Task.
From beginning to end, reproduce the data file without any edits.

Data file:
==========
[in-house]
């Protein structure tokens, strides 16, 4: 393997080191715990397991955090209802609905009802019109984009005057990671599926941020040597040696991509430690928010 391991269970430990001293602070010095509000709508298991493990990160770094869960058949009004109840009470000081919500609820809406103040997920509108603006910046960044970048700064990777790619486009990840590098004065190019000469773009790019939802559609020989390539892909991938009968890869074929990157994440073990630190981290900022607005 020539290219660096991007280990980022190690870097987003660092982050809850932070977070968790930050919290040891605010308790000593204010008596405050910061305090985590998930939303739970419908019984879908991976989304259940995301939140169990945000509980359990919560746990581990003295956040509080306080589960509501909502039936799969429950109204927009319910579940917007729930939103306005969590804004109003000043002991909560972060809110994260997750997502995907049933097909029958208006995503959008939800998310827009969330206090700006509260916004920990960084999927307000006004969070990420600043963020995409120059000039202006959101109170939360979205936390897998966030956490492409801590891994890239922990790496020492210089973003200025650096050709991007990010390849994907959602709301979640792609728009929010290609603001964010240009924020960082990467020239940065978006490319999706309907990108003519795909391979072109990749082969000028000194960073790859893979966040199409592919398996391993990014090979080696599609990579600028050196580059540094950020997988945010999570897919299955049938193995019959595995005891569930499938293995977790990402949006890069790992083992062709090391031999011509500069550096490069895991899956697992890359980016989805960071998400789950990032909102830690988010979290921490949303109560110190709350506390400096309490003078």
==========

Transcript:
[in-house]
């Protein structure tokens, strides 16, 4: 393997080191715990397991955090209802609905009802019109984009005057990671599926941020040597040696991509430690928010 391991269970430990001293602070010095509000709508298991493990990160770094869960058949009004109840009470000081919500609820809406103040997920509108603006910046960044970048700064990777790619486009990840590098004065190019000469773009790019939802559609020989390539892909991938009968890869074929990157994440073990630190981290900022607005 020539290219660096991007280990980022190690870097987003660092982050809850932070977070968790930050919290040891605010308790000593204010008596405050910061305090985590998930939303739970419908019984879908991976989304259940995301939140169990945000509980359990919560746990581990003295956040509080306080589960509501909502039936799969429950109204927009319910579940917007729930939103306005969590804004109003000043002991909560972060809110994260997750997502995907049933097909029958208006995503959008939800998310827009969330206090700006509260916004920990960084999927307000006004969070990420600043963020995409120059000039202006959101109170939360979205936390897998966030956490492409801590891994890239922990790496020492210089973003200025650096050709991007990010390849994907959602709301979640792609728009929010290609603001964010240009924020960082990467020239940065978006490319999706309907990108003519795909391979072109990749082969000028000194960073790859893979966040199409592919398996391993990014090979080696599609990579600028050196580059540094950020997988945010999570897919299955049938193995019959595995005891569930499938293995977790990402949006890069790992083992062709090391031999011509500069550096490069895991899956697992890359980016989805960071998400789950990032909102830690988010979290921490949303109560110190709350506390400096309490003078």